Bassam Ismail

Switching Github accounts

17 October, 2023


After using my personal account for over a decade, I recently created a new GitHub account for work. This helps me keep the two identities separate and the attribution remains linked to the correct corresponding account.

Transitioning the organizations and repositories was fairly straight-forward. However, I encountered difficulties once I tried to run git pull in one of the work repositories. Later that day, I received a message from my team that one of the GitHub Action was failing. This was because the action was using a token which was generated from my personal account. I generated a new token using the work account and it started working.

The larger issue to address was how to push or pull to repositories linked to two different GitHub accounts. I needed to use two different authentication identity providers. Until now, I was using the GitHub CLI for multiple purposes including authentication, but now it looked like I’d need to switch back to using ssh keys.

I generated two keys for personal and work use:

ssh-keygen -t ed25519 -C "[email protected]" -f $HOME/.ssh/personal -P ""
ssh-keygen -t ed25519 -C "[email protected]" -f $HOME/.ssh/work -P ""

and then configured the $HOME/.ssh/config file to specify the ssh key based on the Host

	PreferredAuthentications publickey
	IdentityFile ~/.ssh/personal

	PreferredAuthentications publickey
	IdentityFile ~/.ssh/work

This works great for repositories like or Since, GitHub doesn’t have groups, at work we have numerous organizations under our GitHub enterprise like or To address this, I’d have to keep updating the config file to add new Host’s. Despite the overhead, this fix works. However, it didn’t seem like a satisfactory solution to me.

All my repositories can be found in the code directory under $HOME. This directory is further divided into two sections: ~/code/personal and ~/code/work. This segregation allows me to execute certain commands based on which directory I’m currently in.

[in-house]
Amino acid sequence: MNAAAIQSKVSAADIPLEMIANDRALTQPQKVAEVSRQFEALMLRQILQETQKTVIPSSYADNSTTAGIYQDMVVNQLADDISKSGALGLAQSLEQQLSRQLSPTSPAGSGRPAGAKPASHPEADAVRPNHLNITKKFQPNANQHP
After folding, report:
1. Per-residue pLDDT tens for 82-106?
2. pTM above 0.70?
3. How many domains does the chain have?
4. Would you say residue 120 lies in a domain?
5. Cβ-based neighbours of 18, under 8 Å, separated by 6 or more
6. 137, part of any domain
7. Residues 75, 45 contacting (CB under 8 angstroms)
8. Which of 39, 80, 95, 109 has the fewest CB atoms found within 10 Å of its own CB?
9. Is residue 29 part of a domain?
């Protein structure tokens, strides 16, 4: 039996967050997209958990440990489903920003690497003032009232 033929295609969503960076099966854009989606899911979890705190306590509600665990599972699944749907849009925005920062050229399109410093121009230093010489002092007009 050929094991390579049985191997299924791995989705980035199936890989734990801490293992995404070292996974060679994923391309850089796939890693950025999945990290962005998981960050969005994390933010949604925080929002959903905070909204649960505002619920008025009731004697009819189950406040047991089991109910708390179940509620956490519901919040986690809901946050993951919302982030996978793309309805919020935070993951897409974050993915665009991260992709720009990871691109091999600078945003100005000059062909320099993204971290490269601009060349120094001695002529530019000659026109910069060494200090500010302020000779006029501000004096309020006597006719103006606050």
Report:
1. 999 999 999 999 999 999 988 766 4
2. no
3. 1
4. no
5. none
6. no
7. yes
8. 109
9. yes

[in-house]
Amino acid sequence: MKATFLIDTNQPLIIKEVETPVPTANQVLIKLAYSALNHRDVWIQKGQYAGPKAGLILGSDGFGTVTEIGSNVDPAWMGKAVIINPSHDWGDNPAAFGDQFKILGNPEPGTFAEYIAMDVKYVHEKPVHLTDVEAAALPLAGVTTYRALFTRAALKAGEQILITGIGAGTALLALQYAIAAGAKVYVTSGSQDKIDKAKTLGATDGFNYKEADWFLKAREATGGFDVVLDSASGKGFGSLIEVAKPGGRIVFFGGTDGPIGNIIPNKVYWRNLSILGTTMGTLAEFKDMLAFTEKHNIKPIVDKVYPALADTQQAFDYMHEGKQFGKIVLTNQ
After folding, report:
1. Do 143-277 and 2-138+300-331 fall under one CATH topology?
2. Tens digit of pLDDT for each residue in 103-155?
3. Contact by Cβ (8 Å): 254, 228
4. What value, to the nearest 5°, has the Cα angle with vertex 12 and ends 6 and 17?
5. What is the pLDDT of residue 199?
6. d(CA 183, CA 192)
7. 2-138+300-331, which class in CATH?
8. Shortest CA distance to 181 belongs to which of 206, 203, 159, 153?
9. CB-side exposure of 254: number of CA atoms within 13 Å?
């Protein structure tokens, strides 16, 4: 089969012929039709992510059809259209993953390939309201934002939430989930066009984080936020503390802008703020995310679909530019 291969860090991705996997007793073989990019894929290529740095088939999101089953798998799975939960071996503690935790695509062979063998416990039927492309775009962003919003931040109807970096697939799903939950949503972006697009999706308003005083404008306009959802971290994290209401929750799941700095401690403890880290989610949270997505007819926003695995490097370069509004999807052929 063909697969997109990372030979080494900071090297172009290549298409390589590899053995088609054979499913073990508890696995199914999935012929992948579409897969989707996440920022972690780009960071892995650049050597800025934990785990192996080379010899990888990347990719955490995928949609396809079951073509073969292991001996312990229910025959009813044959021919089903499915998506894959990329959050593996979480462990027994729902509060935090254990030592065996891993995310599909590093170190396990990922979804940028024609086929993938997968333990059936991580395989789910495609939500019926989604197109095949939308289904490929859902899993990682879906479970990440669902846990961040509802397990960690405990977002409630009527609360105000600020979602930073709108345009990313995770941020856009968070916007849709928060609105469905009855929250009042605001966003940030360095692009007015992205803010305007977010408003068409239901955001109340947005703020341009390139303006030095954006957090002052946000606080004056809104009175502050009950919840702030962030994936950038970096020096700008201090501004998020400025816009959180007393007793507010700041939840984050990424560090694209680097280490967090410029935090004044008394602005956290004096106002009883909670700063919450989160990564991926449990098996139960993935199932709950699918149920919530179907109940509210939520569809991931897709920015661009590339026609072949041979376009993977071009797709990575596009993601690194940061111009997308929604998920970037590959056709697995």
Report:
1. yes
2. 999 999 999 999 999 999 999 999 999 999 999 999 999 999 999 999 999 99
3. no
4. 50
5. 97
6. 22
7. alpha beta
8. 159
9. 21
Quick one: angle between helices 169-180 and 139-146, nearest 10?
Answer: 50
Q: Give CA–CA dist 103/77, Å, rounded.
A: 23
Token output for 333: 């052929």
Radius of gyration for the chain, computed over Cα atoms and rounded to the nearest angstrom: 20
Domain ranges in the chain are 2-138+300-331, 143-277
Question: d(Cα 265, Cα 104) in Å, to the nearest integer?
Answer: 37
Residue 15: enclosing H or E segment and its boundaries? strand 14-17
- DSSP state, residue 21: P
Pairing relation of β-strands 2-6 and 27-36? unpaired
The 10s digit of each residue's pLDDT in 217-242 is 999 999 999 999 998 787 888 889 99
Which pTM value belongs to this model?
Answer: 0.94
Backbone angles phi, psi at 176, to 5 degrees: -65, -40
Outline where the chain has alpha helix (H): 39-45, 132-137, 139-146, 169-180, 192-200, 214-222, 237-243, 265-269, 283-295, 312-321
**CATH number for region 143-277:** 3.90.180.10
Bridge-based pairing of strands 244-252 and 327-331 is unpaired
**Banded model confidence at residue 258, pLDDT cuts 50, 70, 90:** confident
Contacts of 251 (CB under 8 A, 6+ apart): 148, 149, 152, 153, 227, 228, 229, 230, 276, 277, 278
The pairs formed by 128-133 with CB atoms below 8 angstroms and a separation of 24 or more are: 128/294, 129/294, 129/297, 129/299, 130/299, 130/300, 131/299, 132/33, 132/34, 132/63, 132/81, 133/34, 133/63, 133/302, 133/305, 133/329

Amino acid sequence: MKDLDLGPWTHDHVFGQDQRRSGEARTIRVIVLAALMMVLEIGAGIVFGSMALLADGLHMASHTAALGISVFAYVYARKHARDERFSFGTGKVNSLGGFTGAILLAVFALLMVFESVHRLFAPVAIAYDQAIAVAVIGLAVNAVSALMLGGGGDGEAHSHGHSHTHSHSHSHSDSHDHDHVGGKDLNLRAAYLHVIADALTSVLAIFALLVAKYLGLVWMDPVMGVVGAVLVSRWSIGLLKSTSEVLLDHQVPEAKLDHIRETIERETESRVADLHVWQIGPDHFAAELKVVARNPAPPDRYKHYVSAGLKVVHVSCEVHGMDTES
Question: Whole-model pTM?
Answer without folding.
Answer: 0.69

GitHub CLI allows us to authenticate interactively or using a token. The token can be read from a file using:

gh auth login --from-token < FILE_NAME.txt

If a GH_TOKEN environment variable exists, we don’t need have a separate file and this is where direnv would help us.

I generated two different Personal Access Token from my personal and work accounts with repo and read:org scopes assigned.

With two PAT tokens from two different accounts, I created .envrc files under work and personal directories.

touch ~/code/{work,personal}/.envrc

These files were populated with the following content

export GIT_SSH_COMMAND="ssh -i ~/.ssh/[either `personal` or `work`]"
gh auth login

Now every time I cd into a directory under work or personal direnv would use the specified token in the .envrc and log me into the corresponding GitHub account.

Automatically switching GitHub accounts

Using SSH everywhere

The last update to make everything work smoothly is to use ssh instead of https. To make this update globally I updated my global gitconfig file.

git config --global url.ssh://[email protected]/.insteadOf

Switching Email Address

Regardless of which repository I committing to I was seeing my personal email next to my name. A simple work around for this is to override the git author email using direnv. Updating the .envrc to include the work and personal emails resolved this.

export GIT_SSH_COMMAND="ssh -i ~/.ssh/[either `personal` or `work`]"
gh auth login


I noticed that I was seeing both my work and personal accounts showing up on all my commits.

Multiple identities

This happens because your commit has properties for the author and the committer. To override this, I had to set an additional environment variable for the committer: [email protected].